Gaylord News is a reporting project of the University of Oklahoma Gaylord College of Journalism and Mass Communication

Gaylord News

Gaylord News is a reporting project of the University of Oklahoma Gaylord College of Journalism and Mass Communication

Gaylord News

Gaylord News is a reporting project of the University of Oklahoma Gaylord College of Journalism and Mass Communication

Gaylord News

Oklahoma designers making mark in fashion industry

Dante Biss-Grayson models one of his ranch shirt designs. This one is called “Ace High.” Photo provided by Sky Eagle Collections.

Dante Biss-Grayson and Nicole Moan create designs that are striking and innovative, and they would like to see more Oklahomans enter the world of fashion.

Dante Biss-Grayson, owner of Sky Eagle Collections, designs clothing influenced by his Osage Nation heritage.

SkyEagle Collections is named for his Osage title, Wa-Sa-Ta, which means First Son of the Eagle Clan. He said his collections are meant to inspire his own people and other Indigenous groups.

Running his company with the help of his wife,Yanti, Biss-Grayson celebrates his culture with modern interpretations of classic Indigenous design elements. Serving for the U.S. Air Force in a multitude of countries, Biss-Grayson wanted to celebrate his home, using art as his expression after developing post traumatic stress disorder. His work includes ribbon skirts, dresses, coats, shoes, shirts and more, which can be purchased through his website.

“When I was growing up, looking at the ribbon work, a practice from the Southern Plains tribes of cutting and sewing ribbons into different geometrical patterns, that’s a huge inspiration for me,” Biss-Grayson said.  “And I made it really modern and contemporary.”

Biss-Grayson said the work of Native designers is “reminding other cultures that Indigenous people are still here, but two, that we can also perform shoulder-to-shoulder with some of the biggest fashion houses globally.”

SkyEagle Collections made its mark in the fashion industry a year ago when Biss-Grayson’s runway designs took New York Fashion Week by storm. He said he chose not to participate this year, but with the release of the Oklahoma-made movie, ” Killers of the Flower Moon,” which depicts the “Osage Reign of Terror,” his designs were seen on the Red Carpet during movie premiere events.

“I see this philosophy of we’re here and we’re going to succeed,” Biss-Grayson said. “So I see it as not just men and women, but as these new warriors in this modern world.”

Biss-Grayson said part of the Native culture “is wearing these designs as pride, as medicine.  And I see it as a modern medicine in a new world. So that’s the idea and ethos behind it… it’s very uplifting and empowering for the wearer.”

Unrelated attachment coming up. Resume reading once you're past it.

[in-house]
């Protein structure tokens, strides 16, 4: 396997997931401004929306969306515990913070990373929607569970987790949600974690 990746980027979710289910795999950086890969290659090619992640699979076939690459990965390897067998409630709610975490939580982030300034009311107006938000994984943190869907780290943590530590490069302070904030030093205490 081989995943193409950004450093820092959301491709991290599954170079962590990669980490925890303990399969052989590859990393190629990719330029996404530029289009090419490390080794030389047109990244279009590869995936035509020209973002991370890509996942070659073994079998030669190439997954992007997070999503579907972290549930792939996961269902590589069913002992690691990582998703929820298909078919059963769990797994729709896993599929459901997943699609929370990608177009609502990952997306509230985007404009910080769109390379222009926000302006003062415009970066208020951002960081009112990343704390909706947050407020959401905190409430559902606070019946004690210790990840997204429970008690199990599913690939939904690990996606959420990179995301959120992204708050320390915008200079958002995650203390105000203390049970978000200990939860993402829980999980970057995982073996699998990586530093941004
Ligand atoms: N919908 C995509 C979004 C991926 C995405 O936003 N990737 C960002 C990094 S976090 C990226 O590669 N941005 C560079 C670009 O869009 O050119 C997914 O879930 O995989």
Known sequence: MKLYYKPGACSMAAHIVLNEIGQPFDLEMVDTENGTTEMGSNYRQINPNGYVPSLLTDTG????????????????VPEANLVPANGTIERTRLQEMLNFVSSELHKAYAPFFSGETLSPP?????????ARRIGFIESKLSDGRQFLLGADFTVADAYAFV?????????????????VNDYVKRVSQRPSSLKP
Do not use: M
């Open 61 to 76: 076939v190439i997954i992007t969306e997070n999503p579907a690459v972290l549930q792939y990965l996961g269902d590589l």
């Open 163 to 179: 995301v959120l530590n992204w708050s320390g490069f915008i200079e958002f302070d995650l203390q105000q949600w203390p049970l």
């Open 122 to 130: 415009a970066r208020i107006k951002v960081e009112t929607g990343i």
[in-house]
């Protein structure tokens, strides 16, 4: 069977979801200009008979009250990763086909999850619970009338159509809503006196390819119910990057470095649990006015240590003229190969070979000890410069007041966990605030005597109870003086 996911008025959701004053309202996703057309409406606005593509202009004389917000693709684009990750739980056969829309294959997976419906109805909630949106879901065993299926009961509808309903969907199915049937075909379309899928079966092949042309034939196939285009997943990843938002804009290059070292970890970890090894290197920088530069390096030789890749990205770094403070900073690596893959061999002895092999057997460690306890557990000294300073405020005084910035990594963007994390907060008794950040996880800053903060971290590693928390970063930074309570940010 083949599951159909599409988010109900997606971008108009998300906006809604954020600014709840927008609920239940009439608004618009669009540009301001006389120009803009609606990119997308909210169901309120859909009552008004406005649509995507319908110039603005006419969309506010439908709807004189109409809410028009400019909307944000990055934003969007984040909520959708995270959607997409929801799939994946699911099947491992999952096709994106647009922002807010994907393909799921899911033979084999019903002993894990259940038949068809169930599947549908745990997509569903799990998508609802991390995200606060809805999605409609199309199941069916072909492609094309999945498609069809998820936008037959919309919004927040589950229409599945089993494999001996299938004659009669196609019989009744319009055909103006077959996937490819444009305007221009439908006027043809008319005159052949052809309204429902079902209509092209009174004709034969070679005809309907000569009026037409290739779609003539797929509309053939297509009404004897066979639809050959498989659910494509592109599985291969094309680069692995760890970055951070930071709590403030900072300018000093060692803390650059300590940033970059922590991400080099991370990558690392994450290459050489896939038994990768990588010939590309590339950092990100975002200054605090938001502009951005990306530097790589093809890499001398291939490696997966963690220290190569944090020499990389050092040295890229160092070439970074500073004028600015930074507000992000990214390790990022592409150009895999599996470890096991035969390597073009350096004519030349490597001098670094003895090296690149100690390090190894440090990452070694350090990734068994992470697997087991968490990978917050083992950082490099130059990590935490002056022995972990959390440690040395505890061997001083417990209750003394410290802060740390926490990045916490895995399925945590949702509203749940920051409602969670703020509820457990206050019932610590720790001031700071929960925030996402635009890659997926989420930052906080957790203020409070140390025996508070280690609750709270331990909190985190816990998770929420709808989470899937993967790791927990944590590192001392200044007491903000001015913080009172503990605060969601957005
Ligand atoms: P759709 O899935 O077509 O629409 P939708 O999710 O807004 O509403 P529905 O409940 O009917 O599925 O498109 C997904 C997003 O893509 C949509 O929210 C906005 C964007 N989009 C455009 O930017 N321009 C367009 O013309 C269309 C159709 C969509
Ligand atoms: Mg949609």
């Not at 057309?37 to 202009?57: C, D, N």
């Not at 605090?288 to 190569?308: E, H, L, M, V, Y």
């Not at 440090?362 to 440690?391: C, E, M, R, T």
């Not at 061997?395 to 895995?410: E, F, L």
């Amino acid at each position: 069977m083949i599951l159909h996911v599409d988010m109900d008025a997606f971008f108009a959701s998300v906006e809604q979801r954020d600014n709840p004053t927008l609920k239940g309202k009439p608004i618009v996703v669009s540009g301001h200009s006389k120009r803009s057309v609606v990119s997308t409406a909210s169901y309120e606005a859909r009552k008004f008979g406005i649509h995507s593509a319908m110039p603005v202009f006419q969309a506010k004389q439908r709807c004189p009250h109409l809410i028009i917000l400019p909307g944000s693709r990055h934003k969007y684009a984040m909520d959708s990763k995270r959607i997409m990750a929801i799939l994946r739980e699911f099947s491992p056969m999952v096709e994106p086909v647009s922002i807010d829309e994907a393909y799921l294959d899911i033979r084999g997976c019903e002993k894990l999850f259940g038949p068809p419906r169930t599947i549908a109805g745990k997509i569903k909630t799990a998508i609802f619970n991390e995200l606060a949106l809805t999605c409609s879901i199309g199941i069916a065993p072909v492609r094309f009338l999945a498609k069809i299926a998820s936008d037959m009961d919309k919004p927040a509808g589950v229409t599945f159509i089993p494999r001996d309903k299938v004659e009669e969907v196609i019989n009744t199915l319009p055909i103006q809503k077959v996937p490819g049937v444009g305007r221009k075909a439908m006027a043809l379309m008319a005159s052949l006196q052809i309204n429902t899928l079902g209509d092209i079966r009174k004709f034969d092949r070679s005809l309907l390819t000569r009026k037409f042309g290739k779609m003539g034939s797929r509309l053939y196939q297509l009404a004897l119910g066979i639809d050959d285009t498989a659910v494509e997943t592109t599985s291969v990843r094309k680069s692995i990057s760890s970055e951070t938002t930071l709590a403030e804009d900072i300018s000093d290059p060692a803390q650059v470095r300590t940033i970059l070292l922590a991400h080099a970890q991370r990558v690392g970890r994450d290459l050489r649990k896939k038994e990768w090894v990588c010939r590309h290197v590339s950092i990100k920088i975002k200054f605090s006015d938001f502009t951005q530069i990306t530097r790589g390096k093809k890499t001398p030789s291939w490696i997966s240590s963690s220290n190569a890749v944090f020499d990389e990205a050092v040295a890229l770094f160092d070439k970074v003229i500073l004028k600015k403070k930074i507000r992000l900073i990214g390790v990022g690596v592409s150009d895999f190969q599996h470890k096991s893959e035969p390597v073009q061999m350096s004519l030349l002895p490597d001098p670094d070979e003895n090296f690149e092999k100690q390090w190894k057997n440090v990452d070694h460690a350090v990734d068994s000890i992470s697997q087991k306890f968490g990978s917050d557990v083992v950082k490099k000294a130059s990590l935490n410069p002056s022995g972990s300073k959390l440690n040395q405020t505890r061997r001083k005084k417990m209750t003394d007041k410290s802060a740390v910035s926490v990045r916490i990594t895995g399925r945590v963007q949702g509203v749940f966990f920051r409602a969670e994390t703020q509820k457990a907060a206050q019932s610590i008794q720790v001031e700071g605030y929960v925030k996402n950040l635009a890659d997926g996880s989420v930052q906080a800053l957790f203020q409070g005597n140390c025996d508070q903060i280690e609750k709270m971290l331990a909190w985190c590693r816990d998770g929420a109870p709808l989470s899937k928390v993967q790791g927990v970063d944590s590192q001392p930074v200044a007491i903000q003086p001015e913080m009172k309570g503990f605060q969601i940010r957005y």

Oklahoma City’s Nicole Moan started out as a tiling craftsman, and later turned her talent to creating ceramic corsets, which she said she pioneered as a way of combining art and fashion.

“It first started off with me making custom tiles…and here I am 25 years later making ceramic corsets and I don’t know, I’ve probably made over 300 or more by this time,” Moan said.

Nicole Moan poses with models wearing her custom corsets. From left are models Nora Sea, Ah’Lei Nicolé and Mathew Coblentz. Hair is by Misty Byrd and makeup by Nick St. Clair in this photo by Charlie Neuenschwander. Photo provided by Nicole Moan.

Her corset designs have been featured in shows across the world, including this year’s Grammy Awards. Chrishell Stause, an American actress and television personality, wore one of Moan’s corsets as part of her outfit.The designs are not only a work of art but are completely wearable and use a classic corset lace-up style, Moan said.

After her ceramic corsets sparked major interest in the fashion world, Moan wanted to see where her skills could take her. She applied for an alternative fashion week in London and was one of the first American designers chosen to have their collections on the runway.

Moan is also a photographer and painter, and her decorative headpieces, available on her website, include fascinators, tophats, headbands and a feather-trimmed “mad hatter hat.”

After starting her corset business, Moan collaborated with the Oklahoma City Museum of Art to “combine art and fashion,” hosting her first fashion show.

“It really helped work as a community and I really think that’s what we need, we’re really thirsty for fashion here in Oklahoma City,” she said.

“We don’t have enough representation, and yet people don’t see that the fashion world is really that important here in Oklahoma. I really want people to realize that there’s tons of talented people here and we need to show people with their voice,” Moan said.

Her business is still based in Oklahoma, and Moan loves to see other artistic talent within the state. She hopes to continue hosting fashion shows and expand her reach, not only across the state but the country.

“I don’t want to make anything that anybody else has made, I want to change it up,” she said. “Hopefully we can just keep building it and make it [her fashion show] work. You know, an event that people come from all over the world to Oklahoma of all places, to experience.


Gaylord News is a reporting project of the University of Oklahoma Gaylord College of Journalism and Mass Communication. For more stories by Gaylord News, go to

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